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Integrating an official Spine Runtime into your applications requires a valid Spine license, though you are welcome to use the Spine Runtimes for evaluation purposes.

Getting started


Adding spine-unity into your Unity project:

  1. Download and install Unity (There's a free version.)
  2. Create an empty Unity project.
  3. Download the latest spine-unity.unitypackage: http://esotericsoftware.com/spine-unity-download
  4. Import the unitypackage (you can double-click on it and Unity will open it).
  5. Go to the Spine Examples\Getting Started folder in the Project panel. Open and examine those Unity Scene files in order. Make sure you read the text in the scene, check out the inspector and open the relevant sample scripts.

The spine-unity runtime provides functionality to load, manipulate and render Spine skeletal animation data in Unity engine.

spine-unity works in Unity without the need for any other plugins. But it also works with 2D Toolkit and can render skeletons using TK2D's texture atlas system. To enable this, open Unity's Preferences... and under the Spine tab, you can enable TK2D.

If you are not familiar with programming in C# and using Unity in general, we recommend watching the official Unity Tutorials first. The Interface Essentials and then Scripting topics are a good place to start. Their Animation topic is not directly applicable to spine-unity so there's no need to learn that to know how to use spine-unity.

spine-unity is built on top of Spine-C# (spine-csharp).

Bringing Spine assets into Unity

Exporting from Spine

  1. After you have created your skeleton and animations, click on Spine Menu>Export... (CTRL+E). This opens the Export window.

  2. Choose JSON on the upper-left of the Export window.

  3. Check the Create atlas checkbox. (Checking Nonessential data, Pretty print are also recommended for beginners).

    1. Click on Settings beside the Create atlas checkbox. This opens the Texture Packer Settings window.
    2. On the lower-right, look for the textbox labeled Atlas extension and make sure it is set to .atlas.txt. (This is to work around Unity not accepting file extensions it doesn't recognize despite being plain text, but the spine-unity runtime can actually handle auto-renaming .atlas files. However, setting it to .atlas.txt minimizes problems and ambiguities with subsequent exports.)
    3. You're done with the Texture Packer Settings window. Click OK to close.
  4. In the Export window, pick an output folder. (Recommendation: Make a new empty folder. Make sure you can find it.)

  5. Click Export.

  6. This will export three files:

    • a .json file that holds data of the skeleton.
    • a .png file which is the packed version of all your images in one texture.
    • a .atlas.txt file (libGDX atlas) that has data of where each image is in the packed texture.

For more information on ideal export settings, see the Export Settings documentation.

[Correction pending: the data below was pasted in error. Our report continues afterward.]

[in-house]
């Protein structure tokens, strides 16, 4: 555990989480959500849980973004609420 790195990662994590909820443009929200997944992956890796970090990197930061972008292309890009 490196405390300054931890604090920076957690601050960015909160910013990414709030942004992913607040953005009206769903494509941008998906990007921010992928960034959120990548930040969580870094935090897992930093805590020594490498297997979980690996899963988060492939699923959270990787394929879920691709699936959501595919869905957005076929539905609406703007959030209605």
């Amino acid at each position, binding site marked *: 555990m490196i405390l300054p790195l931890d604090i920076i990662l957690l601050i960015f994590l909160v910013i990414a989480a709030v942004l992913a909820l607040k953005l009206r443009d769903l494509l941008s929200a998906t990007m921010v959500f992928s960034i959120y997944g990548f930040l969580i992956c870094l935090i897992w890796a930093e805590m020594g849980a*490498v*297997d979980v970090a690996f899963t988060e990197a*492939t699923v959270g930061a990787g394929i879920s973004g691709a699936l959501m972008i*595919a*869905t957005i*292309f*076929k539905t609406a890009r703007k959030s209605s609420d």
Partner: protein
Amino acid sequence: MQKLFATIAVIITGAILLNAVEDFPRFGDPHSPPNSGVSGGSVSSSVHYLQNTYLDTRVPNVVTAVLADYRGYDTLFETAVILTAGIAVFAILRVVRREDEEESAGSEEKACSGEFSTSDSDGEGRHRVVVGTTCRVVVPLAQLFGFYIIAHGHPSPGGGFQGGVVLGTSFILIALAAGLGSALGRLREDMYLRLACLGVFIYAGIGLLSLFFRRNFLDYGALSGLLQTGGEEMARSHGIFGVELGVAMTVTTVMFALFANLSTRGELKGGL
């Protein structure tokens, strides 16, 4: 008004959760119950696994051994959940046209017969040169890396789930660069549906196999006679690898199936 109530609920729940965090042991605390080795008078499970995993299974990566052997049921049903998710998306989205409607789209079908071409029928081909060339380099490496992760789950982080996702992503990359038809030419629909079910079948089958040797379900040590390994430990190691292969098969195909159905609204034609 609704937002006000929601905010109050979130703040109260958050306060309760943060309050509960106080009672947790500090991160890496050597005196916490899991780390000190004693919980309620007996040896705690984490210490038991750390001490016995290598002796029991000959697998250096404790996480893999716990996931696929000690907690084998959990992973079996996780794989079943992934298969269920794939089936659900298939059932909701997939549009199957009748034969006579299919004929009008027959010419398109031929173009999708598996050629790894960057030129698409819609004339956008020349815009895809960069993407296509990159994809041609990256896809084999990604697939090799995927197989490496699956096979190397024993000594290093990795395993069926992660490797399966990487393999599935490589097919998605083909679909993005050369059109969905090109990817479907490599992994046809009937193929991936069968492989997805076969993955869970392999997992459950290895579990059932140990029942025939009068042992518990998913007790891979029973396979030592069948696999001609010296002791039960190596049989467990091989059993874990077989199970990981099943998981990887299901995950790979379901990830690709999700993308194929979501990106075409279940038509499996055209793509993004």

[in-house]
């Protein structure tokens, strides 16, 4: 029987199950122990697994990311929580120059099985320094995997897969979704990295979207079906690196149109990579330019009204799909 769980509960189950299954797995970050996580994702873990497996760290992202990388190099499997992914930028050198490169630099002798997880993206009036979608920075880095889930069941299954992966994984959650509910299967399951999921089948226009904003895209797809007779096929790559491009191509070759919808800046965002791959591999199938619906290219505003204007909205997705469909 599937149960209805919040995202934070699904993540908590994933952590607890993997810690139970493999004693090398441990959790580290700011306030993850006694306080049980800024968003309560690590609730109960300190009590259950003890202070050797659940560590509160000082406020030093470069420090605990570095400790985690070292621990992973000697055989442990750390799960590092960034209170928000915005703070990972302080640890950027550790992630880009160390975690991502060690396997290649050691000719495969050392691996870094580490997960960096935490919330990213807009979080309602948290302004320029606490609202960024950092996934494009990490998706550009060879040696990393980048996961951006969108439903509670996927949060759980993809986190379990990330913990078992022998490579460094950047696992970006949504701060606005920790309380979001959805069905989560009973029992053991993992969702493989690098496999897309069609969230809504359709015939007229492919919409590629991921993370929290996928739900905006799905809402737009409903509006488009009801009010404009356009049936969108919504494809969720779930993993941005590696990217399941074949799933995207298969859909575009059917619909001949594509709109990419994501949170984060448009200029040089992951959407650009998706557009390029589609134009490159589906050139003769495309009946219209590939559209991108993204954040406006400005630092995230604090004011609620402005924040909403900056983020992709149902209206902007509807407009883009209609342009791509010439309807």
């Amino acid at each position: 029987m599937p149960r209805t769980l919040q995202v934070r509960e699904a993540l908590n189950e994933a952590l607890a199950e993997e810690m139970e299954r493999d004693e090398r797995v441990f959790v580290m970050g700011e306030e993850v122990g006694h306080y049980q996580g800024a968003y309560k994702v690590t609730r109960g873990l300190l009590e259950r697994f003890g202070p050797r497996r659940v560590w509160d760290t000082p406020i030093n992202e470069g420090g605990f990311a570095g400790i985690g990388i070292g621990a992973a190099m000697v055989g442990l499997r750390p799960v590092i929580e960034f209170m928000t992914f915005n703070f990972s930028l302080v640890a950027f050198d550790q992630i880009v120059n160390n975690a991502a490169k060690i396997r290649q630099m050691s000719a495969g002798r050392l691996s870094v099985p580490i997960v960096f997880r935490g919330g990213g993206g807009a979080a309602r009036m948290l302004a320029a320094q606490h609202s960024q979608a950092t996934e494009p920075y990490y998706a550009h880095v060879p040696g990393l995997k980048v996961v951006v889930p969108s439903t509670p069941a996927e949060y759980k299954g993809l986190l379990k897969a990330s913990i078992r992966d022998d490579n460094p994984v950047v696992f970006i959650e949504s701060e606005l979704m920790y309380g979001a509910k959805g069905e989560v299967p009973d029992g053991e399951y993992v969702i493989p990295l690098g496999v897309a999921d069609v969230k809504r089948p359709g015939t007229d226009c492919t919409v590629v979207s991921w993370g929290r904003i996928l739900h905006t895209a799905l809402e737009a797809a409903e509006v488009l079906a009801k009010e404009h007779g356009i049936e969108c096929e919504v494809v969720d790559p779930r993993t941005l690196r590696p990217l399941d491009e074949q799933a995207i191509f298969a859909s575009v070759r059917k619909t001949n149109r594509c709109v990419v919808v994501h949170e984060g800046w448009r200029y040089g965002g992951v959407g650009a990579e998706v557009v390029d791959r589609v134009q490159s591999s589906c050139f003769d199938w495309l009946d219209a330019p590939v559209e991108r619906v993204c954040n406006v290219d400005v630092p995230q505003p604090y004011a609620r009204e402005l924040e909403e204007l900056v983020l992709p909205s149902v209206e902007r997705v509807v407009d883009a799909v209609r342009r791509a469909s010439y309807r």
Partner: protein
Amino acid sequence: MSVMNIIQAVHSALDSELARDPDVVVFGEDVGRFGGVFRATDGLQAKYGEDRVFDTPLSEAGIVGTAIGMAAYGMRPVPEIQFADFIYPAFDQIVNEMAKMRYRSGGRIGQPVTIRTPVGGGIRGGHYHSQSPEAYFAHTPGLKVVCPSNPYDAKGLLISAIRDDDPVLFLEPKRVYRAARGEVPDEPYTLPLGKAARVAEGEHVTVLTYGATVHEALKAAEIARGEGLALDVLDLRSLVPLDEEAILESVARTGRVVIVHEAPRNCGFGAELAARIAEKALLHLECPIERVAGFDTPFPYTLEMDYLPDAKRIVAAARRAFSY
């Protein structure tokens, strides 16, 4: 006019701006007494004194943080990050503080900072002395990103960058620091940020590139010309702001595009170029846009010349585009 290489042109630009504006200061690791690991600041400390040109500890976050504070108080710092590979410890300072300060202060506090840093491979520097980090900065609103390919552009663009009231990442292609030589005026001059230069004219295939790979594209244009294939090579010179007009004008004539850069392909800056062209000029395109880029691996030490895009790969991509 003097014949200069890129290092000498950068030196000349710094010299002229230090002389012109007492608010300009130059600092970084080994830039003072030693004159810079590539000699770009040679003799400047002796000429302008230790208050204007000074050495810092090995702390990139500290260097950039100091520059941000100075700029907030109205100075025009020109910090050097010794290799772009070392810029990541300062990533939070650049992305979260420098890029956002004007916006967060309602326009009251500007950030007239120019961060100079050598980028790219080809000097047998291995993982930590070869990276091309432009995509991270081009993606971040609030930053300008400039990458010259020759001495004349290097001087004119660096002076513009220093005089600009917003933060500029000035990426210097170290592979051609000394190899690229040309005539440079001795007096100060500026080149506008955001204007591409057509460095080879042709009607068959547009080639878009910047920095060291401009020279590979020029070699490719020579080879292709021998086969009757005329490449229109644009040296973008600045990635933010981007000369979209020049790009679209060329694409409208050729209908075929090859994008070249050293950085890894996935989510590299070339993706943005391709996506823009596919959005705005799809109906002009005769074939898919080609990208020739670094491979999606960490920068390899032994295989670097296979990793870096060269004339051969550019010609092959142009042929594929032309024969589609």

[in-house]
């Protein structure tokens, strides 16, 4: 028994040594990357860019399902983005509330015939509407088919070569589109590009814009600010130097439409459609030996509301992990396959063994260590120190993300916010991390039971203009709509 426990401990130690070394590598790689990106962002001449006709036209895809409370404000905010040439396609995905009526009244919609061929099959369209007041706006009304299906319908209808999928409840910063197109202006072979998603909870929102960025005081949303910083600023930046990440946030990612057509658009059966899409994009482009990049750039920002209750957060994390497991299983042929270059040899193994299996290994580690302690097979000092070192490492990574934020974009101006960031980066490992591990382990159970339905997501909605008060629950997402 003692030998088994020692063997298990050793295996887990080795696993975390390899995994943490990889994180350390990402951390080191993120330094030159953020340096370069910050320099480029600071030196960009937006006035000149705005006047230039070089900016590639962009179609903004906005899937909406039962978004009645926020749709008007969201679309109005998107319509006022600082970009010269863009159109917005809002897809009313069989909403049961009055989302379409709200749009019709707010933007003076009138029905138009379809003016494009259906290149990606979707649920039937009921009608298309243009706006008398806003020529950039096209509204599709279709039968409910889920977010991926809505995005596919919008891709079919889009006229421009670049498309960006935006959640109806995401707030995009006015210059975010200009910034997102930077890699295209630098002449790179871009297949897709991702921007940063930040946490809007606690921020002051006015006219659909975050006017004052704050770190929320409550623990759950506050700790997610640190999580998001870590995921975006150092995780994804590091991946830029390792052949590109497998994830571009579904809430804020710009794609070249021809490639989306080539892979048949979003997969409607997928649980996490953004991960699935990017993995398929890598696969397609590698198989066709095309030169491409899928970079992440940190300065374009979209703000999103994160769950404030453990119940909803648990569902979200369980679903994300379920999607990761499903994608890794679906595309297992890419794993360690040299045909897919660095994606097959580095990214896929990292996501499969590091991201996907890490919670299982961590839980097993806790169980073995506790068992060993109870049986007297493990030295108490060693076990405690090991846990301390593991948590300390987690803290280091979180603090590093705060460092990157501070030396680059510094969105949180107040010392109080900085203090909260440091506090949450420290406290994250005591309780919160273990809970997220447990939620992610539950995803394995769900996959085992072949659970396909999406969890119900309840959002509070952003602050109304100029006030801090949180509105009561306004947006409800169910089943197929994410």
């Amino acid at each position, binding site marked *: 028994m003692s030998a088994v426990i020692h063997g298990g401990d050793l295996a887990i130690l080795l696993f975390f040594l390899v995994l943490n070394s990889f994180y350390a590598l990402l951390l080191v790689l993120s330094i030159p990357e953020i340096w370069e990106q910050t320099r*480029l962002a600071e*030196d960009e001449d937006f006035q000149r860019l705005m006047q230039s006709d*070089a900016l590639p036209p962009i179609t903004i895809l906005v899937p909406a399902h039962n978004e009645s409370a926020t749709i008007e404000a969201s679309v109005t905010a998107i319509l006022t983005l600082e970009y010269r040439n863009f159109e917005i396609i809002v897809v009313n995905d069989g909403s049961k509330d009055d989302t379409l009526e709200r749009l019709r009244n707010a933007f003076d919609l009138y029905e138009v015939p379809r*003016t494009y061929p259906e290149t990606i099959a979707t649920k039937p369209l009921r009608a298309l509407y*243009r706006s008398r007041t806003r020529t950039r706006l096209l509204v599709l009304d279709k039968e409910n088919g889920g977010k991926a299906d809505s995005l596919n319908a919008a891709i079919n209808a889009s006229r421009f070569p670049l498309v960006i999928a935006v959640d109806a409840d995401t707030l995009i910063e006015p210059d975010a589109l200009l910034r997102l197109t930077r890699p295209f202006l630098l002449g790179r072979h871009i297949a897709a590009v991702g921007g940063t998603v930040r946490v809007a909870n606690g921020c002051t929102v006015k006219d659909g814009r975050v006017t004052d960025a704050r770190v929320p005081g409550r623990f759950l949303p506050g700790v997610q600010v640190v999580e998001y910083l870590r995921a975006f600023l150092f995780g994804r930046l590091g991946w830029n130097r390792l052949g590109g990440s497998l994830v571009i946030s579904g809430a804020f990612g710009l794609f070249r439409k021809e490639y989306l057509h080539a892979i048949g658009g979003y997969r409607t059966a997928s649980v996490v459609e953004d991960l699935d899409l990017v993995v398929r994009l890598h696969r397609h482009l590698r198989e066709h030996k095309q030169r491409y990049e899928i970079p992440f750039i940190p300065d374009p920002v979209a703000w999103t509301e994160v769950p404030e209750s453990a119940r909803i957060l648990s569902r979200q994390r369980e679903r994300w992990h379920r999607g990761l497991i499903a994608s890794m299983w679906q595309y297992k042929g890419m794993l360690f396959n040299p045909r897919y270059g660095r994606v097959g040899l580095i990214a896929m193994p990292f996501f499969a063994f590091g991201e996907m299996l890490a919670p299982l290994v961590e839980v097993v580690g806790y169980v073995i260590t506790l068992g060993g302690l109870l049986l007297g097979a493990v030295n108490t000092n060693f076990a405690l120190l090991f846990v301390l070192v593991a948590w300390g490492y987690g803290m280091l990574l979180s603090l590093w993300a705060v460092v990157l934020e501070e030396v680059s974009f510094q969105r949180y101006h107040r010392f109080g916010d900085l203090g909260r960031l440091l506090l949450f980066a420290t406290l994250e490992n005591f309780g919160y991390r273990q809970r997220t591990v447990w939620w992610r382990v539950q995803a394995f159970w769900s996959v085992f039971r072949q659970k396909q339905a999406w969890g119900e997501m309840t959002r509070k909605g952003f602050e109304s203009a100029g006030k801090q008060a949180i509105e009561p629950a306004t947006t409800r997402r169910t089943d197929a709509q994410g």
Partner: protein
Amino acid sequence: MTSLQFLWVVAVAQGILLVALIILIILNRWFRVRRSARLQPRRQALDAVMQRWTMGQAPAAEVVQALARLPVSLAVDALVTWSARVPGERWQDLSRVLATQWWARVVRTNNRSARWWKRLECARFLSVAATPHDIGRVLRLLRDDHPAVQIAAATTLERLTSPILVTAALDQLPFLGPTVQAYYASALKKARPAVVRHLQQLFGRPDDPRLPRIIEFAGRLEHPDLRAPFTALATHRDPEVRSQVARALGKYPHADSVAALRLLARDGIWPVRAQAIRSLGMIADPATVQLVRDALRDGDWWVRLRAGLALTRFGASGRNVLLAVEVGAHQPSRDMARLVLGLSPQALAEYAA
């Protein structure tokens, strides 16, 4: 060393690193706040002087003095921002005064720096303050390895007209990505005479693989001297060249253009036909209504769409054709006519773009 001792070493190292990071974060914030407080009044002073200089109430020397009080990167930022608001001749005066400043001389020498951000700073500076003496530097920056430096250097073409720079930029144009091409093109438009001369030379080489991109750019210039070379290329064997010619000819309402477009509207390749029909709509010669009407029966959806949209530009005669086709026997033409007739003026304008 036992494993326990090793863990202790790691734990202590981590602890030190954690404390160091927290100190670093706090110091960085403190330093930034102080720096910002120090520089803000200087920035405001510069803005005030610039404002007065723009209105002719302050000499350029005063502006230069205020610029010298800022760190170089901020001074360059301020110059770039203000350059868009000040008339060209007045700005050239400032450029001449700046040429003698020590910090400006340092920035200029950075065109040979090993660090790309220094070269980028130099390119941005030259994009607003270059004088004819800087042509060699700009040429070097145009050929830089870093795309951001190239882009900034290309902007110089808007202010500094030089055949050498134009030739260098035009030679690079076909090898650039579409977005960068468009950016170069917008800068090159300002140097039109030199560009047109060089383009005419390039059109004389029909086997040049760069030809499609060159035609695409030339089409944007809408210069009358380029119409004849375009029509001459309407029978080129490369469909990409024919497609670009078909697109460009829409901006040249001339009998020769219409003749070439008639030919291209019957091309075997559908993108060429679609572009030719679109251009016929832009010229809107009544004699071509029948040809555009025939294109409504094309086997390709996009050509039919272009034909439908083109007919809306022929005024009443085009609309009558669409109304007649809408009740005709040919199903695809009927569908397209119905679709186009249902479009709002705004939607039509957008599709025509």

For 2D Toolkit users, Step 3 (packing a .png and .atlas.txt) is not necessary. Instead, you will have the appropriate field in your SkeletonDataAsset to assign a reference to tk2dSpriteCollectionData. To enable this, open Unity's Preferences... and under the Spine tab, you can enable TK2D.

Importing into Unity

Step 1-3: Open both Unity and your folder. Drag the 3 files into Unity.

Step 4: Drag the SkeletonData Asset into scene view or the hierarchy panel.


  1. Make sure your Unity project is open. It should already have a functioning spine-unity runtime in it.

  2. Open the folder where you exported your 3 files. (json, .atlas.txt and .png)

  3. Drag the 3 files (or the folder containing them) into Unity. Drop them in Unity's Project panel.

    • This will cause the spine-unity runtime to process them and auto-generate the necessary Unity assets.
    • You will notice 3 new files.
      • a _Material asset that holds references to the shader and .png texture.
      • an _Atlas asset that holds a reference to the material and the .atlas.txt.
      • a _SkeletonData asset that holds a reference to the json and the _Atlas asset.

  4. Drag the _SkeletonData asset into the Scene View or the Hierarchy panel and choose Instantiate (SkeletonAnimation).

  5. See the Spine Examples\Getting Started sample scenes to learn more about Spine GameObjects.

  • MANUAL ASSET SETUP For advanced cases, you can create these three files yourself. The arrangement is noted in the bullet points of Step 3.
  • CHANGING SHADERS Since spine-unity for Spine 3.7: spine-unity's default shaders render skeleton's textures using premultiply alpha blending. By default, this shader expects a texture packed with Premultiply Alpha enabled. If your textures were not packed with premultiply alpha enabled, check the "Straight Alpha Texture" checkbox on your material settings. check this forum topic.
    • If you are using any other shader, make sure your texture packer settings match accordingly.
  • Older versions of spine-unity did not do drag-and-drop instantiation. If you have an older version, right-click on the _SkeletonData asset and choose Spine > Instantiate (SkeletonAnimation). This will instantiate a new Spine GameObject.
  • Due to a limitation in Unity Editor APIs, dragging the asset into an empty hierarchy panel will not work. In this case, just drag the asset into Scene View.
  • TEXTURE SIZES. Unity scales overly large images down by default. The spine-unity runtime automatically sets atlas maximum sizes to 2048x2048. If your textures are larger than this, it will cause atlas coordinates to be incorrect. Make sure the import settings are set appropriately, or decrease the maximum page width and height in your Spine Texture Packer settings.